[iDC] : Internet as Boho Art-Space and Heaving Public Square: play, Iran, Twitter, cybernetics

Brian Holmes brian.holmes at aliceadsl.fr
Thu Jun 18 20:35:34 UTC 2009

Dear all -

It seems to me we are making progress here. Play, labor, 
cybernetics, the Internet, popular uprisings: we are 
seemingly recognizing that all of these things are as 
multivalent, as ambiguous as something like the the human 
brain. Marty Lucas writes: "It is, and it will continue to 
be, difficult to make  overriding judgments of 
internet-based communications technologies as either 
'machines for generating inequality' or as 'tools for 
empowerment'." I agree, and I think that in addition to the 
case-by-case approach to the uses of technology that Marty 
advocates, one can proceed by aspects. That is, rather than 
defending A against B, or vice versa, one can look at how A 
and B (say, "play" and "labor," or "control" and 
"emancipation") are opposing aspects of a single human 
reality.  Why adopt such a weird and inconclusive approach? 
Because almost all social phenomena are multi-causal, they 
are generated by a multiplicity of agents and give rise to 
states of unstable compromise in which principled actions 
can easily have unwanted consequences when they are 
interpreted and redeployed by others.

Pat Kane writes:

> Part of my definition of a 'play ethic' is partly that the  
> sheer non-moral openness of play compels us to think "ethically", in  
> that Foucaultian sense of ethics as a practice of freedom.

Ethics as I understand it involves first of all a continuous 
awareness of the actual social effects produced by the 
necessary expression of one's own singular will; and then 
additionally, a necessarily willful judgment of the effects 
that others, and groups of others, are producing, as a way 
both of revealing those effects and of helping the others 
and ourselves become more aware of what they/we are doing. 
In simpler words, ethics involves both the assertion and the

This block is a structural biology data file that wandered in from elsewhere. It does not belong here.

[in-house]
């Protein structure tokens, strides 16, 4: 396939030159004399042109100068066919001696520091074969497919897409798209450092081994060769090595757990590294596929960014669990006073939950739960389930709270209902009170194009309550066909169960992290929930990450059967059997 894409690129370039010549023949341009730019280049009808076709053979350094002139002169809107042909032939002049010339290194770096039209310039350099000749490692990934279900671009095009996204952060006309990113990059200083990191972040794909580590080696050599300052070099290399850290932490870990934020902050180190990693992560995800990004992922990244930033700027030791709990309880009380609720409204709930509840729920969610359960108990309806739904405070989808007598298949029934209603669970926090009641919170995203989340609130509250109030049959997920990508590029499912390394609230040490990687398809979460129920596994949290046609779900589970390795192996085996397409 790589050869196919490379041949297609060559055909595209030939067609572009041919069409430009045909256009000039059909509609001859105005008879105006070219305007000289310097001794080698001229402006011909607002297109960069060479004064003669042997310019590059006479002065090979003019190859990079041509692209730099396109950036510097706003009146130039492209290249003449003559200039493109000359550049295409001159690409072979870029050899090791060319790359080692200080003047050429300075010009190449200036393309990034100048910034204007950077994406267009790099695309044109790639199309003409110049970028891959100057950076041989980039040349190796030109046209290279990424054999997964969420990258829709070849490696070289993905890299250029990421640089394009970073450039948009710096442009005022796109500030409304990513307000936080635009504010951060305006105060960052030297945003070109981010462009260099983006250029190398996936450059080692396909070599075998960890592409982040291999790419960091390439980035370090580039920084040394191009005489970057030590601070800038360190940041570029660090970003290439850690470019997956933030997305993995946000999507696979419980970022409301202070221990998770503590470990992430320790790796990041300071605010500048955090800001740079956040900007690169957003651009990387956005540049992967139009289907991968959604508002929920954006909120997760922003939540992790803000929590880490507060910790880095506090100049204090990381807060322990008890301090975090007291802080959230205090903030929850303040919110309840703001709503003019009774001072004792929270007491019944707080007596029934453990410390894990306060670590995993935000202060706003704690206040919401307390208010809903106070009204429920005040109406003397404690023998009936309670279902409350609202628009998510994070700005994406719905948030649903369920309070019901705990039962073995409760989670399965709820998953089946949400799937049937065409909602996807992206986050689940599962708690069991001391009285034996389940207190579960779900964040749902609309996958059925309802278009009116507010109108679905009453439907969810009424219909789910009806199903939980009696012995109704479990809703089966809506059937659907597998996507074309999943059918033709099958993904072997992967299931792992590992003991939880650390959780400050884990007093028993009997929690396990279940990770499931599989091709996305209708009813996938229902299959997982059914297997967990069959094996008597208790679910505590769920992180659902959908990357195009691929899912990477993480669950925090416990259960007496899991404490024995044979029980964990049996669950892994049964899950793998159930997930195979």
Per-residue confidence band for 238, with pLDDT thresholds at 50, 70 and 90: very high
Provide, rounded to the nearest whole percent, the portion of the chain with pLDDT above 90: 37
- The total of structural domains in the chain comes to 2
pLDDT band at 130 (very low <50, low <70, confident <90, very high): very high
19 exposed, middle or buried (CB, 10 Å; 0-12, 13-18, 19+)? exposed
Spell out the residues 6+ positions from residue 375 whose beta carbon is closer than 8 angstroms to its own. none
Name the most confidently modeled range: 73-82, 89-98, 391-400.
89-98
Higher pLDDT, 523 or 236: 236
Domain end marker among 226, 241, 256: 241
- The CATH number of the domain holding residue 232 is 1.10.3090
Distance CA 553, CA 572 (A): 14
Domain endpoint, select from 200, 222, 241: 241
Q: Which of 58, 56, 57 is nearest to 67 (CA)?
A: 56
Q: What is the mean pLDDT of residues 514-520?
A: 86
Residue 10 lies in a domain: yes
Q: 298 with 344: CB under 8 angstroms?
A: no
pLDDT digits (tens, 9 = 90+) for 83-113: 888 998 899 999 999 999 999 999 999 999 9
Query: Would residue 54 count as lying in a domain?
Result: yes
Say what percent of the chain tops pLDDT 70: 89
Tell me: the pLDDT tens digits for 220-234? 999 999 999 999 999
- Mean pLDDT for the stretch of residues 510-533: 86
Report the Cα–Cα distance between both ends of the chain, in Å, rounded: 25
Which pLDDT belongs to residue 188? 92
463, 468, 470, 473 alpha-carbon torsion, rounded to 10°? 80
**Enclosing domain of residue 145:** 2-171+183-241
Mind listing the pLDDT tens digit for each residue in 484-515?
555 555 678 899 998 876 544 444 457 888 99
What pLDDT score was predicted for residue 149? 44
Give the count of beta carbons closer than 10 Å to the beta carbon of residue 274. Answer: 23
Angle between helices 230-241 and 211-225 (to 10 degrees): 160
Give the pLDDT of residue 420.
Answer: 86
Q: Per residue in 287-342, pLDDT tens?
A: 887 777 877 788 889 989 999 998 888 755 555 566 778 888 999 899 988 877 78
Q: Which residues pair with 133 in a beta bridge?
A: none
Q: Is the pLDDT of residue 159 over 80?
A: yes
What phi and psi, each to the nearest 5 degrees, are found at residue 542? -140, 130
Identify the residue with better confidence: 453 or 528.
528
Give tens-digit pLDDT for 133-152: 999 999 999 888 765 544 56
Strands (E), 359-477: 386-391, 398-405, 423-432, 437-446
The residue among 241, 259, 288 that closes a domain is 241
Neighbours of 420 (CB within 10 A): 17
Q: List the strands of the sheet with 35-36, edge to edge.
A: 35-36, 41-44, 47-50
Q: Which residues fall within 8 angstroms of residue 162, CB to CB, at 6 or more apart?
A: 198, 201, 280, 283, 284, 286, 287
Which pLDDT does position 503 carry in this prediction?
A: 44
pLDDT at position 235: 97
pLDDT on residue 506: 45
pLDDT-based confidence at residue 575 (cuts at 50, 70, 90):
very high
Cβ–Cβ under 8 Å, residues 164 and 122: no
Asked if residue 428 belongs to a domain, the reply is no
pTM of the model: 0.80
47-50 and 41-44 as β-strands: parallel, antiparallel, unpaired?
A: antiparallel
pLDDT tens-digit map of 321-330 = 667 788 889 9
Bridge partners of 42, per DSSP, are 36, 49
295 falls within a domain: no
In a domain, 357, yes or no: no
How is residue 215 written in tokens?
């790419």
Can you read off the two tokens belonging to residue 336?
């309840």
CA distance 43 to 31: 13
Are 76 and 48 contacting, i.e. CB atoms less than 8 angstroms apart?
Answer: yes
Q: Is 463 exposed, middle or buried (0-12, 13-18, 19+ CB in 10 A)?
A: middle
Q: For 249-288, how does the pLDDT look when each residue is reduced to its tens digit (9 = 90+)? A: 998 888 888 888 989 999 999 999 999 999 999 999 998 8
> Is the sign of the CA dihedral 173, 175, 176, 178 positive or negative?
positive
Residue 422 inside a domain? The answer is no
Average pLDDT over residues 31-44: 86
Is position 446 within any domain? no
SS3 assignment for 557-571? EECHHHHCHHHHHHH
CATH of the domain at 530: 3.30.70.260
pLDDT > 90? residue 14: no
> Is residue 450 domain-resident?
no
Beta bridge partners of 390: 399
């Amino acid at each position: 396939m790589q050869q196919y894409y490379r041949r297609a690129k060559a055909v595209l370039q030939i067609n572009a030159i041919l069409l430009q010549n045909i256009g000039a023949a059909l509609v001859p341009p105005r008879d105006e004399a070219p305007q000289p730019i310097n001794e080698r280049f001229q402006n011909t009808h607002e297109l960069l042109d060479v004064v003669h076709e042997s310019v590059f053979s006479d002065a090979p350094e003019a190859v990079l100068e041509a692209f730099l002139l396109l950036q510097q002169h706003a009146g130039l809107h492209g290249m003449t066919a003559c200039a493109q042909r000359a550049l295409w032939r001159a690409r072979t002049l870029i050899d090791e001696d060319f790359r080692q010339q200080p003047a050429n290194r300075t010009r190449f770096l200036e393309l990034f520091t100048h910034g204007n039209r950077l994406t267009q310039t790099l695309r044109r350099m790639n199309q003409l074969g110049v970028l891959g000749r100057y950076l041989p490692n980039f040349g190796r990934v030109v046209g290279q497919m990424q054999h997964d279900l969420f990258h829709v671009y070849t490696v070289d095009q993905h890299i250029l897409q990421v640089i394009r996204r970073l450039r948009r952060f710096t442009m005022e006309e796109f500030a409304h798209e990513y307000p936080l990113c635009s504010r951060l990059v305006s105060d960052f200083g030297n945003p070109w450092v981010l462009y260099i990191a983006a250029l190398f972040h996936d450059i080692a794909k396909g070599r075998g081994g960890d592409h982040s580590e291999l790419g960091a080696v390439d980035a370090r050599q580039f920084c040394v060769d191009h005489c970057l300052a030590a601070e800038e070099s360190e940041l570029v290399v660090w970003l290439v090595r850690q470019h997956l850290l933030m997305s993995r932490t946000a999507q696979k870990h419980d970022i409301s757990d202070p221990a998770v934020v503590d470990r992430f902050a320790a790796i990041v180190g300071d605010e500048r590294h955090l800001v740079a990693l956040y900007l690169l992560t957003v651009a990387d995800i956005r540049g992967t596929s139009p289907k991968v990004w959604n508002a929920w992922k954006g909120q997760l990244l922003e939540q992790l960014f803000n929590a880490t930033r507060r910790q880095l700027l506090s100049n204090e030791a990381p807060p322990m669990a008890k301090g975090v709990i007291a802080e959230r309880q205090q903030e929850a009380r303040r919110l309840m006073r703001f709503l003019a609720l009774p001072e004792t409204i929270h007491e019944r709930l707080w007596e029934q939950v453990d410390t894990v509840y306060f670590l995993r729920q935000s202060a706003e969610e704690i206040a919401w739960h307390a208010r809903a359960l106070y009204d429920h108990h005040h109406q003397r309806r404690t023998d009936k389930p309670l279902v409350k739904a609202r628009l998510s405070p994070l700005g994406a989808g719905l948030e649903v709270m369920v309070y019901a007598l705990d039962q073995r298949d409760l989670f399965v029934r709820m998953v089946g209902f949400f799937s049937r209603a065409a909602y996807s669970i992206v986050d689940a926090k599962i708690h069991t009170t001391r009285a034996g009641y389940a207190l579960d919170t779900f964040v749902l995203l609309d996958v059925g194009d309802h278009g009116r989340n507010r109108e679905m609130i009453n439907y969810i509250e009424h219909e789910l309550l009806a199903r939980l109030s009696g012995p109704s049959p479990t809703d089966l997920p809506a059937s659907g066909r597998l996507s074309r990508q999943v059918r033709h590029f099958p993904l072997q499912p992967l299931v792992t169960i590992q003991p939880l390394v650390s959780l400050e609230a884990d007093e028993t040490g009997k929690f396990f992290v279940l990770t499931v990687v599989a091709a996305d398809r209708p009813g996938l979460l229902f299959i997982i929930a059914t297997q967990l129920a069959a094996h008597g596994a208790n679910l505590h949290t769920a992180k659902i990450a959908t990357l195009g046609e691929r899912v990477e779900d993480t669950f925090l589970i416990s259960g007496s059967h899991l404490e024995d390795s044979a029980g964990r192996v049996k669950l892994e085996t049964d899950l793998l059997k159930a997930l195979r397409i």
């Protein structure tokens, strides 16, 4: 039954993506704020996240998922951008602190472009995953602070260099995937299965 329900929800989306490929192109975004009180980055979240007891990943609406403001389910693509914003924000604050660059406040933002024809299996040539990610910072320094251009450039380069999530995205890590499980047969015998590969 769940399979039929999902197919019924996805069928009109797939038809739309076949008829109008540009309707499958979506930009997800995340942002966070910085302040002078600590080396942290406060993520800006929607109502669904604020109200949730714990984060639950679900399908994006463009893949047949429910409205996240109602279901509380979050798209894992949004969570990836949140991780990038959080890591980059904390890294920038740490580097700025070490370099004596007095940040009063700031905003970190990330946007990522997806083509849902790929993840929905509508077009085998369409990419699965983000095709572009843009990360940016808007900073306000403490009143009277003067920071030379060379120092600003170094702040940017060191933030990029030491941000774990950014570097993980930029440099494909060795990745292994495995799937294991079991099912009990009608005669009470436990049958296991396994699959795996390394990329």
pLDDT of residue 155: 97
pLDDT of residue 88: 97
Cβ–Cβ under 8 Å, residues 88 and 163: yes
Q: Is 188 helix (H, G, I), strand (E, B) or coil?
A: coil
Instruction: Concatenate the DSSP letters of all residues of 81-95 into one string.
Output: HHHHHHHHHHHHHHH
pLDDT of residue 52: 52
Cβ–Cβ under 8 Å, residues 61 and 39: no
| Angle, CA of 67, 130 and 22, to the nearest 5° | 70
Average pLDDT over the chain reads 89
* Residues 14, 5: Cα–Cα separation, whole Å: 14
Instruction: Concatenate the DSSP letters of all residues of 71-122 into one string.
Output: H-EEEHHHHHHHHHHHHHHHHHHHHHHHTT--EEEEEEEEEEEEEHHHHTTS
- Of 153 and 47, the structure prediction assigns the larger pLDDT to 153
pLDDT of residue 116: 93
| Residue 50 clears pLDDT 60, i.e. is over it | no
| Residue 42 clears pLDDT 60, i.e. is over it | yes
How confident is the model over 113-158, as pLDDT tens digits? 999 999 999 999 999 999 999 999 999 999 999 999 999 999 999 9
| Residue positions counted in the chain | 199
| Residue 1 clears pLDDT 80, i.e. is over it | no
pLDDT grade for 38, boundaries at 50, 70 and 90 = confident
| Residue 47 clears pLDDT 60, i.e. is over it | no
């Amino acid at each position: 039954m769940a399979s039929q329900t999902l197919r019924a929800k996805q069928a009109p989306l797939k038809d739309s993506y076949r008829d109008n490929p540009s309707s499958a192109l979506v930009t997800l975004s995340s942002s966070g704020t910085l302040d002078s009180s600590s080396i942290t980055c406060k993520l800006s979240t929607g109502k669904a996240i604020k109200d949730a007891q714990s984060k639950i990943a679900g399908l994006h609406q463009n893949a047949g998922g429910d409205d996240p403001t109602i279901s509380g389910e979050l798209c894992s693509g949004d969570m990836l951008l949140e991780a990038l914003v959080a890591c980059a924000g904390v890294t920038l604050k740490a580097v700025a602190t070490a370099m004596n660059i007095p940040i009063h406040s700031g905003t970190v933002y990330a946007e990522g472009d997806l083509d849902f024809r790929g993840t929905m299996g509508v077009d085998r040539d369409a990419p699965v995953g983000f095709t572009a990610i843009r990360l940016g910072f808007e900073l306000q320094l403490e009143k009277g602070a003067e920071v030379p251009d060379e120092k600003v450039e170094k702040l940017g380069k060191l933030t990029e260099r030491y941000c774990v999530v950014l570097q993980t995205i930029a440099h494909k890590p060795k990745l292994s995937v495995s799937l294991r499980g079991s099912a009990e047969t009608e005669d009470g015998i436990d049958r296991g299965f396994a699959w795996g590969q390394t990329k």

continuous critique of power. Power is always part of the 
equation because the expression of any human faculty, even 
one as seemingly innocent and indeterminate as play, will 
always transform the environment that others exist in; so 
there is no escape from power. Continuous critique, of 
oneself not least of all, is equally necessary not only 
because of the malignant designs of ill-intentioned 
individuals and groups, but also because of the frequency of 
undesired consequences stemming from the expression of power 
in any form.

"Resistance is the secret of joy," reads a picture that I 
see when I raise my eyes to look out the window. A feeling 
of solidarity immediately draws my attention to the 
experiences of those demonstrating in the great Iranian 
cities. I am certain from the many testimonies I read that 
these events are changing the lives of hundreds of 
thousands, and that those personal changes will have 
aggregate effects both on character of day-to-day life and 
the institutional exercise of power in Iran. That people 
should seize whatever media are available and necessary is 
fantastic! Maybe someday I will participate, somehow, in 
Iranian society, there in the country itself or through 
encounters and exchanges with diasporic communities and 
individuals whom I may meet elsewhere. But for once, I 
approve of the stance taken by the US government and by the 
Democratic party. John Kerry's op-ed in the NYT today warns 
very wisely of the unwanted consequences that any official 
US government interference in the Iranian electoral process 
could easily have.  The possibility of Tiananmen-style 
repression is clearly real. Just because I can receive 
messages from English-speaking Iranian bloggers does not